A coherent set of ‘guiding principles’ is urgently needed to stabilise the Union and help overcome decades of centralisation and the piecemeal progress of devolution, a new report has said.
A cross-party panel chaired by former civil service head Lord Kerslake says the UK must address the major constitutional challenges it faces and take radical action, regardless of the outcome of June’s referendum on EU membership.
In its report, the All-Party Political Group (APPG) on Reform, Decentralisation and Devolution in the UK argues that a significant shift of power from national to local level is essential as part of a far more coherent and ambitious approach to devolution that includes much greater fiscal autonomy.
Among the fiscal reforms recommended for local government in England, and possibly by devolved governments, is the devolution of those specific areas of funding that, through [devolution deals], 'have been identified as "devo-ready", for example skills and transport funding’.
Lord Kerslake, who chaired the inquiry, said: ‘Greater devolution has the potential to deliver a stronger economy, better services and a stronger Union. But what we are doing now is piecemeal and incoherent.
‘Better and successful devolution across the whole UK cannot happen without a willingness to embrace radical and far reaching change. While the Government has made progress with the devolution agenda, a more coherent and ambitious approach is needed if we are to tackle the constitutional challenge this country faces.’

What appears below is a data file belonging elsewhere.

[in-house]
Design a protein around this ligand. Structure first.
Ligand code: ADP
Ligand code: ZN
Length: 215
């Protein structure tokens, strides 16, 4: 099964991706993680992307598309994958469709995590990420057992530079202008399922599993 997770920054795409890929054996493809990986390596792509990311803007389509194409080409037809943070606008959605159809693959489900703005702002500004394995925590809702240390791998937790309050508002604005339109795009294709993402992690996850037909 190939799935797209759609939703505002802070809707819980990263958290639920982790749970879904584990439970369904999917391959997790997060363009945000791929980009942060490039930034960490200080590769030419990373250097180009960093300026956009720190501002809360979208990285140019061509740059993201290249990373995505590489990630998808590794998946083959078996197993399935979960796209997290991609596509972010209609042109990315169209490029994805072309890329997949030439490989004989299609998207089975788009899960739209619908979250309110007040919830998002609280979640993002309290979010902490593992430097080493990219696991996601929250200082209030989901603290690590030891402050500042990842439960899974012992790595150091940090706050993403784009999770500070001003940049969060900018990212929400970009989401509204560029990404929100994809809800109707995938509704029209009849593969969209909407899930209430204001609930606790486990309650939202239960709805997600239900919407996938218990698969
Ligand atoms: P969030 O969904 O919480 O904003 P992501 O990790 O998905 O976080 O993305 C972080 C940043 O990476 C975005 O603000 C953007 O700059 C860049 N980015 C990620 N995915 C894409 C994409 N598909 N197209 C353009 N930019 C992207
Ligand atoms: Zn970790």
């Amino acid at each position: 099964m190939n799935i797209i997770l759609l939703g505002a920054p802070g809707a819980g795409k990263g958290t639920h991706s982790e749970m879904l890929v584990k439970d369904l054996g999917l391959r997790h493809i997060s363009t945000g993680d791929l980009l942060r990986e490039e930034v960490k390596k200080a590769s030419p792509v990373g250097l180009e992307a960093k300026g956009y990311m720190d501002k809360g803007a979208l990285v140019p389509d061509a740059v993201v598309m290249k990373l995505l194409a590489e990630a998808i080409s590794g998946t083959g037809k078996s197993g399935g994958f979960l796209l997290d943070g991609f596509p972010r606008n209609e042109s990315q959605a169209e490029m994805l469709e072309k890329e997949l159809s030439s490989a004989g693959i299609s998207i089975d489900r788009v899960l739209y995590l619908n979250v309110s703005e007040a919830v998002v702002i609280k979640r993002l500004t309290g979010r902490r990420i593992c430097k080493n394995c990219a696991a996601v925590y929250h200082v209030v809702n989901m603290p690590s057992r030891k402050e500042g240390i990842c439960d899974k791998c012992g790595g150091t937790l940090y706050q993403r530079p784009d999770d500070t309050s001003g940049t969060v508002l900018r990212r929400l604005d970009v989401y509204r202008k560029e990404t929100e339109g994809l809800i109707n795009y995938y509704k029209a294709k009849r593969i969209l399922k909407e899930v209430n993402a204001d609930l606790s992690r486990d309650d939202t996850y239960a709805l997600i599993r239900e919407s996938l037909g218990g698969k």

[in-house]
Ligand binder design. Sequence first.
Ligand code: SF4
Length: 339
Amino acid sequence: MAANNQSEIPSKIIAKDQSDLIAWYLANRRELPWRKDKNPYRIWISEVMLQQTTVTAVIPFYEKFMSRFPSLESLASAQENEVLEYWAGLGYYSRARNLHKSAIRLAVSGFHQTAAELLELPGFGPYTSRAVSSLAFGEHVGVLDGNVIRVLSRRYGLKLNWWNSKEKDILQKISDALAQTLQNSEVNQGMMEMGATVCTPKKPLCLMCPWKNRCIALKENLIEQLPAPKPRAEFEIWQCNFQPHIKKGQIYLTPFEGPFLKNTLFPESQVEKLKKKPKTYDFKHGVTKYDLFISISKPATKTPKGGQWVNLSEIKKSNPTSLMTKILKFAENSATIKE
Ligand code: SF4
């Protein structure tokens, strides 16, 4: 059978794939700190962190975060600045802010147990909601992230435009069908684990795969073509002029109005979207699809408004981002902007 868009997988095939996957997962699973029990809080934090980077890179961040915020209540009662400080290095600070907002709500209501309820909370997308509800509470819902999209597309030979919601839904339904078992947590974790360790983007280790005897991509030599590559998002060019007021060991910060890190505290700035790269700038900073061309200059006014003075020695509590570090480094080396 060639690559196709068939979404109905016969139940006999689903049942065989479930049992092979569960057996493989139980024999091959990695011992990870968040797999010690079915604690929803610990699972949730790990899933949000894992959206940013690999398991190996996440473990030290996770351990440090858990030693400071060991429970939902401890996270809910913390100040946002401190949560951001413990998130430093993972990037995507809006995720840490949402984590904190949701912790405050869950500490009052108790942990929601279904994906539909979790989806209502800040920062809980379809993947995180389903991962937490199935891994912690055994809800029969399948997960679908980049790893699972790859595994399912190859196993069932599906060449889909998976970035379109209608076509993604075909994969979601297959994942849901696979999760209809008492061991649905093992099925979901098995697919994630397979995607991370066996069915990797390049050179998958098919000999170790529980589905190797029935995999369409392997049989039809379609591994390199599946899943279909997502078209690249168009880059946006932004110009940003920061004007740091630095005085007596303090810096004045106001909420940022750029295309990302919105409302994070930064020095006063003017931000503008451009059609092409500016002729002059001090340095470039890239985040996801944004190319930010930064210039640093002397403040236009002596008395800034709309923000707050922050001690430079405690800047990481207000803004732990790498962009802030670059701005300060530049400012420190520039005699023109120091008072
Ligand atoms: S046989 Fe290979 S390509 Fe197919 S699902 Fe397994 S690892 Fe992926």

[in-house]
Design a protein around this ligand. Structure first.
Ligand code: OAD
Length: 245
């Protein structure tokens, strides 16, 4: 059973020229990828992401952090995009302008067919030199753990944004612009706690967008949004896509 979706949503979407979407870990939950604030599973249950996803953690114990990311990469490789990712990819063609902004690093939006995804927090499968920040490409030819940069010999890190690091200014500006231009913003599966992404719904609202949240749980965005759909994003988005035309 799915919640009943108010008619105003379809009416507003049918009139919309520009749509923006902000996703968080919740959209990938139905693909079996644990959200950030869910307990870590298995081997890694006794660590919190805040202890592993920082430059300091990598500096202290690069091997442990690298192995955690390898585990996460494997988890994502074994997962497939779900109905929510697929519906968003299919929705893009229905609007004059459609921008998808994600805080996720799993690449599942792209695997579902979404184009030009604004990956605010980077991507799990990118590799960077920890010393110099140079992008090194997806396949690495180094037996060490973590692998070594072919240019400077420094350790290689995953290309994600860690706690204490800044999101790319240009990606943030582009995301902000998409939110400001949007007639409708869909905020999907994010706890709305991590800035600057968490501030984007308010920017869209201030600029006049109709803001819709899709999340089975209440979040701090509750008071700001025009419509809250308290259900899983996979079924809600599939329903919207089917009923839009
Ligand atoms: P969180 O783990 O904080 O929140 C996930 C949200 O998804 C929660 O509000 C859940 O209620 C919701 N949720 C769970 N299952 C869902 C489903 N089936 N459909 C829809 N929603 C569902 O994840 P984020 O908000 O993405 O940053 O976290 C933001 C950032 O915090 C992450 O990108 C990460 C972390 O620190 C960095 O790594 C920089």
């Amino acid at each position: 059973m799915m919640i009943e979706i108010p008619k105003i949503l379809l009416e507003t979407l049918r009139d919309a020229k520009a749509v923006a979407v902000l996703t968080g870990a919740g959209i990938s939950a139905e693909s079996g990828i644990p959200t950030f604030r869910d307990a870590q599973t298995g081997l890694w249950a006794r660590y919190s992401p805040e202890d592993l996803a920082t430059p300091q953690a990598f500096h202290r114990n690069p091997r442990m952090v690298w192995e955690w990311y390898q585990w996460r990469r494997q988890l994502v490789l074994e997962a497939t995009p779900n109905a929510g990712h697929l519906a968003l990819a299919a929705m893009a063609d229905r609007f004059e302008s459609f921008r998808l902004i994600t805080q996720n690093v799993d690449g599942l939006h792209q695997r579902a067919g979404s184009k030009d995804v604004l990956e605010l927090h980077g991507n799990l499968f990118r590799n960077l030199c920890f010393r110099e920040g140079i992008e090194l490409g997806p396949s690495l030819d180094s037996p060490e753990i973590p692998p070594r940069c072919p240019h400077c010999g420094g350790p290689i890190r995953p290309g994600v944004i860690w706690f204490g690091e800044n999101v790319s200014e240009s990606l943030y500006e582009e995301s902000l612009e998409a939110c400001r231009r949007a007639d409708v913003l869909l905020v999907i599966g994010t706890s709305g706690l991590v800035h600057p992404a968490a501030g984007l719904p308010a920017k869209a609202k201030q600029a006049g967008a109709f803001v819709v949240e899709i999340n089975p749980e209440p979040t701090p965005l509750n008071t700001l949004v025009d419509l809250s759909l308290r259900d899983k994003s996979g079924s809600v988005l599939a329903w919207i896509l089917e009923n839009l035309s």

The paper recommends a wide-ranging national debate or ‘bigger conversation’ about how the UK is governed, including discussion on electoral reform, lowering the voting age to 16 and the role of the House of Lords.
It argues that devolution will only succeed if the public see that their local areas – not Whitehall - are leading on it, and says there should be no limits put on what might be devolved.
It recommends that devolution to local government should be enshrined, with a possible ‘super majority’, if Parliament is to pass any Bill that enables recentralisation.
It also recommends:
- freedom to set charges such as planning fees locally
- releasing councils from caps on borrowing for new housing
- exploring the devolution of property taxes
- a further major devolution package for London
- agreement on what functions remain reserved at a UK level
- an annual a progress report to Parliament on how Whitehall is reforming to support devolution allowing local areas to hold a referendum on their preferred voting system